2. I really don’t believe ANY studies regarding food/diet because every few years “they” discover whatever they’re telling us is wrong and new, contradictory, studies come forth. I think common sense and BALANCE and (I’m sorry) exercise, are key for a long term healthy life. It makes sense that refined foods, artificial foods, chemicals in disguise of foods aren’t good for us. It makes sense that are bodies were designed to move and not be sedentary. I can’t even tell you how much better I feel since I changed my eating habits. My skin looks so much better, I continue to lose weight (albeit slower now than when I first made the change). Swimming has been helping me with my disabled arm SO much. It’s moving better and I’m able to move it more. An unexpected surprise from the swimming (more like dog paddlng because of my arm) is that I keep dropping clothing sizes. It’s changed the shape of my body dramatically – in a GOOD way. I feel good. Now, if I can just resist baking in the fall/winter or find healthier recipes TO bake!

  3. My sense is that the high fat piece has most value in addressing hunger. Because hunger makes us eat too much. And I have been eating as unprocessed as possible for years and years and years. If nothing else, all the required chewing is good for us:).

  4. Hi! I found your blog through the Food Renegade. I have to say I 100% absolutely agree with you!! I have one question ~ how do you use coconut oil? I have a large tub of it, but I can’t figure out where/how to use it. Any advice would be sssoooo appreciated. Thanks!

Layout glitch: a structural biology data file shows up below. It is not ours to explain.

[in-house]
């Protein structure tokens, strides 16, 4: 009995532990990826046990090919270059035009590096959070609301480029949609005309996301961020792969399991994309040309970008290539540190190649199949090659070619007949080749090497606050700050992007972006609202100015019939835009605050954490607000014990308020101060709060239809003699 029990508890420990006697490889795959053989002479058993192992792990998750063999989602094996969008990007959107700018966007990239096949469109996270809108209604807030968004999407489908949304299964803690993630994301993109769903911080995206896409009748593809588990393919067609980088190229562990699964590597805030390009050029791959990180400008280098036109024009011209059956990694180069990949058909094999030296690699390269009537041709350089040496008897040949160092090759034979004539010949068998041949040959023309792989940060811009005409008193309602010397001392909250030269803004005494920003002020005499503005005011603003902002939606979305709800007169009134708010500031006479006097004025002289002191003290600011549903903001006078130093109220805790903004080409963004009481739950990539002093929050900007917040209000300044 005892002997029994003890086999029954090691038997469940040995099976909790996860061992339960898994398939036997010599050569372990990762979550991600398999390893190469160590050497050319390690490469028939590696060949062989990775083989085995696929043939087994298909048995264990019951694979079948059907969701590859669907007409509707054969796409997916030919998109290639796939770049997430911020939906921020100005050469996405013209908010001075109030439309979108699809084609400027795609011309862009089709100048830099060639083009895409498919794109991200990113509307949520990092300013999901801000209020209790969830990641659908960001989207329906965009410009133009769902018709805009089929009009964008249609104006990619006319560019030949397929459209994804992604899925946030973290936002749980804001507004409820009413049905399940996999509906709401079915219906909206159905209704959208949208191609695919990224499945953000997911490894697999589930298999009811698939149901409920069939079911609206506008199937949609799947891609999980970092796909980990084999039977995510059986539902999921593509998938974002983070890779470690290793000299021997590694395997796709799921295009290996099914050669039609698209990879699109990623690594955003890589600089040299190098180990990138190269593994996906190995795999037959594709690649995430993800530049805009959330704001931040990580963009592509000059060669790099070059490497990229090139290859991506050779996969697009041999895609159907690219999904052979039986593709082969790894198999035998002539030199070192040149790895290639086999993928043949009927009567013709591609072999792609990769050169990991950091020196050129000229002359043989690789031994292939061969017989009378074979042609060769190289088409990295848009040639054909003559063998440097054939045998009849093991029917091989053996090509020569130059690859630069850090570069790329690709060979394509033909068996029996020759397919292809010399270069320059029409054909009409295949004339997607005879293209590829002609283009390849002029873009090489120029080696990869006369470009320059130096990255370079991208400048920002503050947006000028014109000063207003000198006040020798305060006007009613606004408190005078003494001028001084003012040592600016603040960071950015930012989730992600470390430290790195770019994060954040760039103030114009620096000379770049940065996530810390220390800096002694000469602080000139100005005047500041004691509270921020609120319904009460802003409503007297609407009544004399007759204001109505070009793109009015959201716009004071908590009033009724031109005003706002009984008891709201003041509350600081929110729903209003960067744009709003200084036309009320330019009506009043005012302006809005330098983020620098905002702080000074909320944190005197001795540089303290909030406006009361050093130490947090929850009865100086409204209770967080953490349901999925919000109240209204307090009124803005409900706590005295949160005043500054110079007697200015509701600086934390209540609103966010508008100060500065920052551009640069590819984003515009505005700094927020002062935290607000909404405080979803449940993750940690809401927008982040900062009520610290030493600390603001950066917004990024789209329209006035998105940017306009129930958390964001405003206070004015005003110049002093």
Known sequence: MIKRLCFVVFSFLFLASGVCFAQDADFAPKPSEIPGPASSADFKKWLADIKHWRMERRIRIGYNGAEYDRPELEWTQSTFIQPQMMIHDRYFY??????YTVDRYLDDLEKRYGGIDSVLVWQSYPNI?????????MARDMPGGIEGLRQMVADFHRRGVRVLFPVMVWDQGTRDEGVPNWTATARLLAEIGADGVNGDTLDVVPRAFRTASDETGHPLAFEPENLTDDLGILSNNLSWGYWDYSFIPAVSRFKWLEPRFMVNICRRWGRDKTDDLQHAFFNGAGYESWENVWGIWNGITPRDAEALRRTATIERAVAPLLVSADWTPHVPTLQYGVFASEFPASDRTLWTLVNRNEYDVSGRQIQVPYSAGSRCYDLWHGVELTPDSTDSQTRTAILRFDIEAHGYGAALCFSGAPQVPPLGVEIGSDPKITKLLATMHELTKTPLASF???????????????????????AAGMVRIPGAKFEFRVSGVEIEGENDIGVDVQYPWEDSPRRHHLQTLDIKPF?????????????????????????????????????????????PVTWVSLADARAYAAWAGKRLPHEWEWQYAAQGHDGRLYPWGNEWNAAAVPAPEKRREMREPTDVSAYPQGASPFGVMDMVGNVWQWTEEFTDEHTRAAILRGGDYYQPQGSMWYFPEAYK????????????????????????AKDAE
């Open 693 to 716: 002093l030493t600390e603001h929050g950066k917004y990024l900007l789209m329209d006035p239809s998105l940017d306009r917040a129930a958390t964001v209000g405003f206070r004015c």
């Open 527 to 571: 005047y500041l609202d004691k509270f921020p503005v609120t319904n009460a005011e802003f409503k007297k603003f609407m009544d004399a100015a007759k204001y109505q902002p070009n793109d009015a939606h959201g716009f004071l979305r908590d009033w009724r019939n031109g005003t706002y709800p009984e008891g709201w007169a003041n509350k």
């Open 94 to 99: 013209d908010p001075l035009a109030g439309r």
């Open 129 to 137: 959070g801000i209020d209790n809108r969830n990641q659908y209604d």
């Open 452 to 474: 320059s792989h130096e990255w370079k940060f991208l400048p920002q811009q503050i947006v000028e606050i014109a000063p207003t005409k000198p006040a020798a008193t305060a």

5. I’m glad this is working for you. As we all know what works for one doesn’t work for everyone. I limit my calories but eat whatever I want. Haven’t really felt hungry either. Mostly, I have cut out snacking. I go high protein when I do eat. I eat no high high fructose corn syrup. OMG! That stuff will kill you. I’m really glad to hear that you are eating local and sustainable. I’m not sure that people understand how important that is. I agree with Beloved, it’s a lifestyle. And as Ben Franklin once said; “everything in moderation. Even moderation.”

  6. Jessica- you can use coconut oil ANYWHERE. And I do mean anywhere, since it’s supposedly a good moisturizer… I use it to sautee veggies, sometimes for cooking meats (though bacon fat or butter usually works better there), and for making french fries. You can also use it in recipes that call for shortening, or to replace butter. About the only thing that you don’t want it for is anything that should be liquid when chilled (like mayonnaise, unless you’re good about remembering to set it out early enough to warm up before use). It makes really good fried chicken, too. 🙂

  7. I agree with every bit of this. I had stopped eating breads for awhile but got back eating them again a few months ago…but plan on stopping again…it’s so hard because breads are my thing. We do eat much the same way and you are wise to not call it a diet but a lifestyle. My kids are so healthy eating this way and while I do make sweets once in a great while due to a birthday or party, the kids don’t really notice because they love eating this way. The do love thier peanut butter and jelly sandwiches though(made with the good peanut butter and home made jelly)…:)

    I really do think the general public has been brainwashed and have no clue. My naturepathe doctor and my medical doctor have both talked about eating like this which I know it’s rare to find a medical doctor that believes this. I still need to order some coconut oil…where do you get yours from? I did find a place online but now can’t find it. Anyways, thanks for speaking the truth! Have a good weekend!